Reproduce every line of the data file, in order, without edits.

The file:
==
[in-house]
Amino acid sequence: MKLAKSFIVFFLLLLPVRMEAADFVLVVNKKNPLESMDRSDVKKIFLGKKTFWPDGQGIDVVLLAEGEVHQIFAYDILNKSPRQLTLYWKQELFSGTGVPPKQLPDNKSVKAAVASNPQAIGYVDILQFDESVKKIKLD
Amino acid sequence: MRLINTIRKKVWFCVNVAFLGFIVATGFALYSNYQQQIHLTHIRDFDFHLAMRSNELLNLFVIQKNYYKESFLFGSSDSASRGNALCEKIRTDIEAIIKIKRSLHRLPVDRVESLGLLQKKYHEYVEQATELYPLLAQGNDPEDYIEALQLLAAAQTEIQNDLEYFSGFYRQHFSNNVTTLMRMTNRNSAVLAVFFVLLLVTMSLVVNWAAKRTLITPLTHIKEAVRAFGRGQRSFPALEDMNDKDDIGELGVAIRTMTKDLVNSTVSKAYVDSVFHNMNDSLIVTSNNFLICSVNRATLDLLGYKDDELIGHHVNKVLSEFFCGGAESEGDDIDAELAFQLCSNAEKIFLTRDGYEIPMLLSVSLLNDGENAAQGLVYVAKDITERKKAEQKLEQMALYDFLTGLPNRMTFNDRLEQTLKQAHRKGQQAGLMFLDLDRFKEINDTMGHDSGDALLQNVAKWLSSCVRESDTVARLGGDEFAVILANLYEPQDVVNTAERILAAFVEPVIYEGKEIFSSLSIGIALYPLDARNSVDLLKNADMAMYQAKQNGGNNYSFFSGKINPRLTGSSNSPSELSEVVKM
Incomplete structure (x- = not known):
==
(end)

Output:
[in-house]
Amino acid sequence: MKLAKSFIVFFLLLLPVRMEAADFVLVVNKKNPLESMDRSDVKKIFLGKKTFWPDGQGIDVVLLAEGEVHQIFAYDILNKSPRQLTLYWKQELFSGTGVPPKQLPDNKSVKAAVASNPQAIGYVDILQFDESVKKIKLD
Amino acid sequence: MRLINTIRKKVWFCVNVAFLGFIVATGFALYSNYQQQIHLTHIRDFDFHLAMRSNELLNLFVIQKNYYKESFLFGSSDSASRGNALCEKIRTDIEAIIKIKRSLHRLPVDRVESLGLLQKKYHEYVEQATELYPLLAQGNDPEDYIEALQLLAAAQTEIQNDLEYFSGFYRQHFSNNVTTLMRMTNRNSAVLAVFFVLLLVTMSLVVNWAAKRTLITPLTHIKEAVRAFGRGQRSFPALEDMNDKDDIGELGVAIRTMTKDLVNSTVSKAYVDSVFHNMNDSLIVTSNNFLICSVNRATLDLLGYKDDELIGHHVNKVLSEFFCGGAESEGDDIDAELAFQLCSNAEKIFLTRDGYEIPMLLSVSLLNDGENAAQGLVYVAKDITERKKAEQKLEQMALYDFLTGLPNRMTFNDRLEQTLKQAHRKGQQAGLMFLDLDRFKEINDTMGHDSGDALLQNVAKWLSSCVRESDTVARLGGDEFAVILANLYEPQDVVNTAERILAAFVEPVIYEGKEIFSSLSIGIALYPLDARNSVDLLKNADMAMYQAKQNGGNNYSFFSGKINPRLTGSSNSPSELSEVVKM
Incomplete structure (x- = not known):